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Is Toronto’s economy set to lose momentum?

High-rise condos along Toronto's waterfront.

Moe Doiron/The Globe and Mail

Toronto and Calgary are running just about neck-and-neck where their economies are concerned, but that may be about to change.

A ranking of major Canadian cities by CIBC World Markets shows Toronto leading the pack as of the third quarter of 2012, followed by Calgary as a close second, Regina and Winnipeg.

The study released today, which measures cities in nine areas, found that Toronto was not at the top in any of the categories, but was high enough in several to come out ahead in the overall rankings.

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"Over the past year, Toronto has been benefiting from a recovery in the manufacturing sector, helped by the positive spinoff of the improvement in U.S. auto demand," says the study by CIBC's Benjamin Tal.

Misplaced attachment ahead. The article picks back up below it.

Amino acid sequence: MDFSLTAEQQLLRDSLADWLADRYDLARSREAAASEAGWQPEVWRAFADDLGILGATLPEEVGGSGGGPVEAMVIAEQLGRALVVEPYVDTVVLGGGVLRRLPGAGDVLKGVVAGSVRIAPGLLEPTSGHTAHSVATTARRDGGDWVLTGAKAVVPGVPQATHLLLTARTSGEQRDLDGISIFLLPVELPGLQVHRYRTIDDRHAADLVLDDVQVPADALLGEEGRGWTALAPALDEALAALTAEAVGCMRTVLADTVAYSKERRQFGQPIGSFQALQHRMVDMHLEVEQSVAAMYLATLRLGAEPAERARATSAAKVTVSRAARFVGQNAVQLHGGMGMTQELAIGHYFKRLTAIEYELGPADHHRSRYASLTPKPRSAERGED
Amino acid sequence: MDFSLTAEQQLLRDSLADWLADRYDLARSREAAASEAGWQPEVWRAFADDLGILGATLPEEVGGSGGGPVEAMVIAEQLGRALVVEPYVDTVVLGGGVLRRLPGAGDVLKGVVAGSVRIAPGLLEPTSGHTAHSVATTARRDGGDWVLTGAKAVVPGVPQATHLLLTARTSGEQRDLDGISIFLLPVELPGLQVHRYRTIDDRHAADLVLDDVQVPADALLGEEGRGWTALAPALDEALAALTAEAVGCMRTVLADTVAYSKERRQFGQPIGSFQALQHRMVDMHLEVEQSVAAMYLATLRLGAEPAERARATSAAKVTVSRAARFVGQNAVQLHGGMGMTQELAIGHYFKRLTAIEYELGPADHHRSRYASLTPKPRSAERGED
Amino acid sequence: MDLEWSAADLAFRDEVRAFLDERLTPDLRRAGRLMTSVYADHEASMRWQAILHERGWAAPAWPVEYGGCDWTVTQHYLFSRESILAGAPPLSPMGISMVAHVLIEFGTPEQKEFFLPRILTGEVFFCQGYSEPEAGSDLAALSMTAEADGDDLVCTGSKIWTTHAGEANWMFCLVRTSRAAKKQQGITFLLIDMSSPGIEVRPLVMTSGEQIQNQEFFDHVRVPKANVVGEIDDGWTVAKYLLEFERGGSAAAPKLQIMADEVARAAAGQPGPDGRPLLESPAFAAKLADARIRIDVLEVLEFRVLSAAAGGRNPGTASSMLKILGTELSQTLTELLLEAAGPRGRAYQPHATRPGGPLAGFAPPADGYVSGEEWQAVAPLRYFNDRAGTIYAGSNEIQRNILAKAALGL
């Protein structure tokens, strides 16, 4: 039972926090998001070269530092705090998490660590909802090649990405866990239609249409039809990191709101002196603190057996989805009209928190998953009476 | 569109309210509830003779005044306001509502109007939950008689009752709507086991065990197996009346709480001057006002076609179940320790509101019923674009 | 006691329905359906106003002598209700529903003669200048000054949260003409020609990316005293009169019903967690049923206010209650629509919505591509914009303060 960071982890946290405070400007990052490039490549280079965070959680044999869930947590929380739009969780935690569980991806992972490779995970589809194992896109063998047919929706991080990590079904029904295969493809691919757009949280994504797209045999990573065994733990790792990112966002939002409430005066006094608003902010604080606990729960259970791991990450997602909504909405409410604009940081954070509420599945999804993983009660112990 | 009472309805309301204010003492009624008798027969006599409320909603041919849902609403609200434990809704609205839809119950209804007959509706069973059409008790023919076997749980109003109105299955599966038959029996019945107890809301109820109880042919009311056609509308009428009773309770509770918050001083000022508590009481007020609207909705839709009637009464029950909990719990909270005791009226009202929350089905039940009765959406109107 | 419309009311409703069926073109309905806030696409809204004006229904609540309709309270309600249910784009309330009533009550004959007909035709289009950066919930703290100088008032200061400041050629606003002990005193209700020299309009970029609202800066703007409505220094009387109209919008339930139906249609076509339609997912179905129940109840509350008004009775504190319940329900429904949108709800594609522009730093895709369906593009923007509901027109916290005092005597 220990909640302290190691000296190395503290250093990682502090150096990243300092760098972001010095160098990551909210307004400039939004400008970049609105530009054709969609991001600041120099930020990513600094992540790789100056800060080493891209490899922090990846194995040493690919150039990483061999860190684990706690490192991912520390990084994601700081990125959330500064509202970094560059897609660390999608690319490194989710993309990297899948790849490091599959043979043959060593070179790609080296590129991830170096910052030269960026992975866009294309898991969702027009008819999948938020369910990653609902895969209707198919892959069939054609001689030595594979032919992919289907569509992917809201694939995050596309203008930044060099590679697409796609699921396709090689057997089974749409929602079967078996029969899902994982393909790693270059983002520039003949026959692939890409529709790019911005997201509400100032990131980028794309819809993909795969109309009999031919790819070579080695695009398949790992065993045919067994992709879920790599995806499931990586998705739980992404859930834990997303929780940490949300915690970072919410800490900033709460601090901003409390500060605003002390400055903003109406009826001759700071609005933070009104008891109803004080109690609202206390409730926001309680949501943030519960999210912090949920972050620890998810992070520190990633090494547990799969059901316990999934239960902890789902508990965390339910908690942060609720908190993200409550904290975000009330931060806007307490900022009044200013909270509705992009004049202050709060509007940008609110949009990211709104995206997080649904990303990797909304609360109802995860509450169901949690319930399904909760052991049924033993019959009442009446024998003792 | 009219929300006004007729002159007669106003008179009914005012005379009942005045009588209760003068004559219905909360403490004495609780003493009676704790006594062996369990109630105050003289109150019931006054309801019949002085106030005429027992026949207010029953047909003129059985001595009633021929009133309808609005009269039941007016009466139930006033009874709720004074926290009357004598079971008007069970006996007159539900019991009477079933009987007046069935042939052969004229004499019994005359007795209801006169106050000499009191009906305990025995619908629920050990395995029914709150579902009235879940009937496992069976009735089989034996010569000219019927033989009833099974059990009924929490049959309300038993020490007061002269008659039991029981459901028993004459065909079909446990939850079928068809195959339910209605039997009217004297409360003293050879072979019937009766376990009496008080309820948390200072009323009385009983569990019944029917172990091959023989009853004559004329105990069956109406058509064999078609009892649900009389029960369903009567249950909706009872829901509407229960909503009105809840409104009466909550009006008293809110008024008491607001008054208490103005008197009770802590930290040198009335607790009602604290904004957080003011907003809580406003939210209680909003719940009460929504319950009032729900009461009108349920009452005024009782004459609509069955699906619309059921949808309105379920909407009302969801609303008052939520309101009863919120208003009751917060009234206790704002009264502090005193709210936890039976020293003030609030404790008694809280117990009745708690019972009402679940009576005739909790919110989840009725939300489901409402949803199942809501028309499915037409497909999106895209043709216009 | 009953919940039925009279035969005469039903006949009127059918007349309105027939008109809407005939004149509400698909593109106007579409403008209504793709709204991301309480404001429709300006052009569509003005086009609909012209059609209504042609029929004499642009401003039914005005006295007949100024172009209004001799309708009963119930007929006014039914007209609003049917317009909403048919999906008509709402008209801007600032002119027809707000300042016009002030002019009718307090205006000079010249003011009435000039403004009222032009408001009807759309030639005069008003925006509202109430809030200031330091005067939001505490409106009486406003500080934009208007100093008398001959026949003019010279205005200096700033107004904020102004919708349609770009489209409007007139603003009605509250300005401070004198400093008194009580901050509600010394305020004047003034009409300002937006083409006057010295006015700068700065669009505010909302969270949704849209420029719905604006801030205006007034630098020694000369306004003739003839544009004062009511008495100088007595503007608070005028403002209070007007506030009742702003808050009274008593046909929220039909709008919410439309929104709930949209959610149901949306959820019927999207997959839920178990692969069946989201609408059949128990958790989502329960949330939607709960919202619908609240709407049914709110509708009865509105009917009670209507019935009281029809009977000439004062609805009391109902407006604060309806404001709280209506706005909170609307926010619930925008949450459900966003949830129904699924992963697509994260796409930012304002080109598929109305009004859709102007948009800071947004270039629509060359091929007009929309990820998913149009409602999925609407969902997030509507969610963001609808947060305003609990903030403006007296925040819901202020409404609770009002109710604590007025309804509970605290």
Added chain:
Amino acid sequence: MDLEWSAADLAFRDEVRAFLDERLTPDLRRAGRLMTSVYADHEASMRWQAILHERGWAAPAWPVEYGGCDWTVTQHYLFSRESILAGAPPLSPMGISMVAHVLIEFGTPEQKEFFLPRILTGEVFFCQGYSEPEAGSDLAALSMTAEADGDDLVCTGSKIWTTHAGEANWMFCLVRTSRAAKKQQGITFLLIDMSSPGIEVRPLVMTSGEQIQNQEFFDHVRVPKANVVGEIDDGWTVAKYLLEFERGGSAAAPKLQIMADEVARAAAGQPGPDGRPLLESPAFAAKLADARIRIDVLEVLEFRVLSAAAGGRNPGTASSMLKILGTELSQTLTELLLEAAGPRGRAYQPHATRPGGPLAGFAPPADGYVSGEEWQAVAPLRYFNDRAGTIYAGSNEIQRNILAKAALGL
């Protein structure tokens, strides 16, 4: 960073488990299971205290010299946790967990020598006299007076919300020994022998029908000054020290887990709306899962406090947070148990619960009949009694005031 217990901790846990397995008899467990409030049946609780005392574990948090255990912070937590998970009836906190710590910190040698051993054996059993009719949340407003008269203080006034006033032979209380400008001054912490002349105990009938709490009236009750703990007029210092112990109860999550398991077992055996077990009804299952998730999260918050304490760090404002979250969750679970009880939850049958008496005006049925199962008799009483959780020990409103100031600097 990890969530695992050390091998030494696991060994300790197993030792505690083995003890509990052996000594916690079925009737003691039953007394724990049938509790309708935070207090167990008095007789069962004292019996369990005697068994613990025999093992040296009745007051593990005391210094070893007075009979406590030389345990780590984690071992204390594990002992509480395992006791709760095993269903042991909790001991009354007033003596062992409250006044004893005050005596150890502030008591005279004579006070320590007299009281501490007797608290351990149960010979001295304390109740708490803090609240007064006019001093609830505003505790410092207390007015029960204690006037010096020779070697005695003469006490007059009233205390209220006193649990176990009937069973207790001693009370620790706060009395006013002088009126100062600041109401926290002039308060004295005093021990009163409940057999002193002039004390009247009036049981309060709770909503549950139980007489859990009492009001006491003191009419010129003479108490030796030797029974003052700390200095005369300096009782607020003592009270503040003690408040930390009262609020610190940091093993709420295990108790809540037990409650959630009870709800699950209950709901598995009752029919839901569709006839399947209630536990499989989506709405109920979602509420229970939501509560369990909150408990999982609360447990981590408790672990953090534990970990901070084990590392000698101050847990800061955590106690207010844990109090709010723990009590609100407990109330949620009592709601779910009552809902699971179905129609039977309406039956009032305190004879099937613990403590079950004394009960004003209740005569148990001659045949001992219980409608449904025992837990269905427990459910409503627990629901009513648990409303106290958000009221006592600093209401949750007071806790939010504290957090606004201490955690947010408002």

"The construction sector, spurred on by activity in both the residential and non-residential segments of the industry, also played an important role in the city's consistent outperformance."

Of course, that was driven by the surge in the city's condo market, which is now cooling and expected to ease further.

Indeed, Mr. Tal says, Toronto may well lose its momentum.

"A softening housing market, the end of many federal and provincial governments' infrastructure stimulus projects, a projected slower growth trajectory in the manufacturing sector and softer retail trade activity will work to slow overall economic momentum in the city in 2013," the study says.

Calgary, in turn, has a strong labour market and solid growth in population.

"As a result, consumer spending in the city has been relatively strong, with retail sales rising by an estimated 9 per cent over the past year. Note that as opposed to Toronto, the residential housing market is playing only a marginal role in supporting activity in the city."

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